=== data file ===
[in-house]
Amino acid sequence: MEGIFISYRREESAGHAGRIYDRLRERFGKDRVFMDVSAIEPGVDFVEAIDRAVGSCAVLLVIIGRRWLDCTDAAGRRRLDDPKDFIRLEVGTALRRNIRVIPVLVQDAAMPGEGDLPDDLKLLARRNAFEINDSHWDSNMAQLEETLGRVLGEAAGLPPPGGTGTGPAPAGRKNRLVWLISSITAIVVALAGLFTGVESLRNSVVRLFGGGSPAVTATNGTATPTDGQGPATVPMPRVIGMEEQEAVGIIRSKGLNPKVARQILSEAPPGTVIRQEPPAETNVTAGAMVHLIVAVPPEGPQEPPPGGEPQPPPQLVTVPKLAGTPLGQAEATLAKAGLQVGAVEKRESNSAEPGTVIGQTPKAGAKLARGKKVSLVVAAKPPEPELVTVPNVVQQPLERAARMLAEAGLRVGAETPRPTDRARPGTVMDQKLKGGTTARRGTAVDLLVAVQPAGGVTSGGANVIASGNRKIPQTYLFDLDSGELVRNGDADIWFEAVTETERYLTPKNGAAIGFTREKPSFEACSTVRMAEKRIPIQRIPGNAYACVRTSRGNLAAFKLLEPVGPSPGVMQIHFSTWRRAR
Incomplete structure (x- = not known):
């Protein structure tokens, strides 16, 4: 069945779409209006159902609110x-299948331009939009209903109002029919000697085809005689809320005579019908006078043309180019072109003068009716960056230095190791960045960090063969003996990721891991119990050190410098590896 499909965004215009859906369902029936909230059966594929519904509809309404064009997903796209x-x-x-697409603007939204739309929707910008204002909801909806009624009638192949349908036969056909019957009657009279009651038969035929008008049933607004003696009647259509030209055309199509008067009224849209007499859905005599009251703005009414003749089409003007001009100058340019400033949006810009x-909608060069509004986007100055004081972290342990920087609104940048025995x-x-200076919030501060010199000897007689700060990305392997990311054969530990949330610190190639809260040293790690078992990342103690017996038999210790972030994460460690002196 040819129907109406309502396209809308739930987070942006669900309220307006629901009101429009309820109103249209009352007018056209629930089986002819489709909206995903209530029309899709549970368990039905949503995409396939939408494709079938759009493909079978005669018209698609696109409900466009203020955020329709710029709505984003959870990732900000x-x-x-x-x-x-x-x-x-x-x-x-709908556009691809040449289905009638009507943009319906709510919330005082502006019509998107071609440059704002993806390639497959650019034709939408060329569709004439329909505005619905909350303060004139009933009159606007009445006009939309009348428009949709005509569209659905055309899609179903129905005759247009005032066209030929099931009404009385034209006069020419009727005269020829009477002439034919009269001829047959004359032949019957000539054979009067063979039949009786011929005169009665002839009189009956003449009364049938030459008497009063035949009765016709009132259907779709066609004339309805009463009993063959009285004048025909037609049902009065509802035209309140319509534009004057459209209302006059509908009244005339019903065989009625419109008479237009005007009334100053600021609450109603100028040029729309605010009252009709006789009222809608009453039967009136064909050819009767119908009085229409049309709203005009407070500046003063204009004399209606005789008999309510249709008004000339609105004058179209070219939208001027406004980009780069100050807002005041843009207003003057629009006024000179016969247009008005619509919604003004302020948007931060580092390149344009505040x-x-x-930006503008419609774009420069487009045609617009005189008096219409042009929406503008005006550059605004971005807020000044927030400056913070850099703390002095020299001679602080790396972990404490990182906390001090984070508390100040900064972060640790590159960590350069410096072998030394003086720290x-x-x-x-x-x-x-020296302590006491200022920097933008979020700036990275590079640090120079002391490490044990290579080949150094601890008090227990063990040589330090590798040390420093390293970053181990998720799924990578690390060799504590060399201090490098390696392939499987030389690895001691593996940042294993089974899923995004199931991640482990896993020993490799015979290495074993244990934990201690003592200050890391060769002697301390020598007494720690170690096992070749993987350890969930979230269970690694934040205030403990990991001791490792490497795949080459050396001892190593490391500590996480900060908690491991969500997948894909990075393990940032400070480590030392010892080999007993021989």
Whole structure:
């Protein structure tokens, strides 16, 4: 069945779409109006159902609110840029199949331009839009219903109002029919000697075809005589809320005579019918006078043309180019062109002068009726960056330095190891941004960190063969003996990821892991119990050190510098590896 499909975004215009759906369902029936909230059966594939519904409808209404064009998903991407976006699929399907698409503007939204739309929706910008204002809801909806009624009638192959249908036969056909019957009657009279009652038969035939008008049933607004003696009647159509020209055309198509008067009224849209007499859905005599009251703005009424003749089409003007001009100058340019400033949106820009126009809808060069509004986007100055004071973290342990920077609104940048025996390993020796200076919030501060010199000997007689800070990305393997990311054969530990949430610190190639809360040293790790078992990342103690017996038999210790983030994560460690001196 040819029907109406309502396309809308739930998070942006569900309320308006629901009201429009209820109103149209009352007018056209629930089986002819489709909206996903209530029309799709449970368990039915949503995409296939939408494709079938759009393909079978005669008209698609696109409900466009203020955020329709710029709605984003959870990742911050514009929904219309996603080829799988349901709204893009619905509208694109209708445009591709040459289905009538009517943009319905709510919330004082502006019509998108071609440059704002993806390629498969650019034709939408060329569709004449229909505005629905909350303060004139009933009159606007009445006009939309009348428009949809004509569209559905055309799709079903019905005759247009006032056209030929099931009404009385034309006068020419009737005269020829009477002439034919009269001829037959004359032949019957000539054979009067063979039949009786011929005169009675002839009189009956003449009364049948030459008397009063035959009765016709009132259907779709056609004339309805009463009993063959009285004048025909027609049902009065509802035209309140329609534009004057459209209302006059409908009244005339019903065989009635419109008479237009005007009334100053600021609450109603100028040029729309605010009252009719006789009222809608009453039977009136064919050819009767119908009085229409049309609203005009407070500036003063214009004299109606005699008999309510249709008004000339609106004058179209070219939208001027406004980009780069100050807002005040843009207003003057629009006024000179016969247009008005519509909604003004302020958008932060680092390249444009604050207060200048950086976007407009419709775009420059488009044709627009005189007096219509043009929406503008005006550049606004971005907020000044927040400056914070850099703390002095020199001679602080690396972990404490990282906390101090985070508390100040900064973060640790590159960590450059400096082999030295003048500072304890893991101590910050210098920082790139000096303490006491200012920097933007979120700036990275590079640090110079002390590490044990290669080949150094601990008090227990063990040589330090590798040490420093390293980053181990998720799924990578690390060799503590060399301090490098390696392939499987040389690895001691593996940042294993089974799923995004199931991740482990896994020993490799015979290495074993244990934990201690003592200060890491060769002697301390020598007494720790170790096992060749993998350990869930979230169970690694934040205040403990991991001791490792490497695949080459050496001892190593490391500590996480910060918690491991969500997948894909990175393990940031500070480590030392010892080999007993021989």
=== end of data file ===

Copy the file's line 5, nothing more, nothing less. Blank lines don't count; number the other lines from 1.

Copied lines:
Whole structure: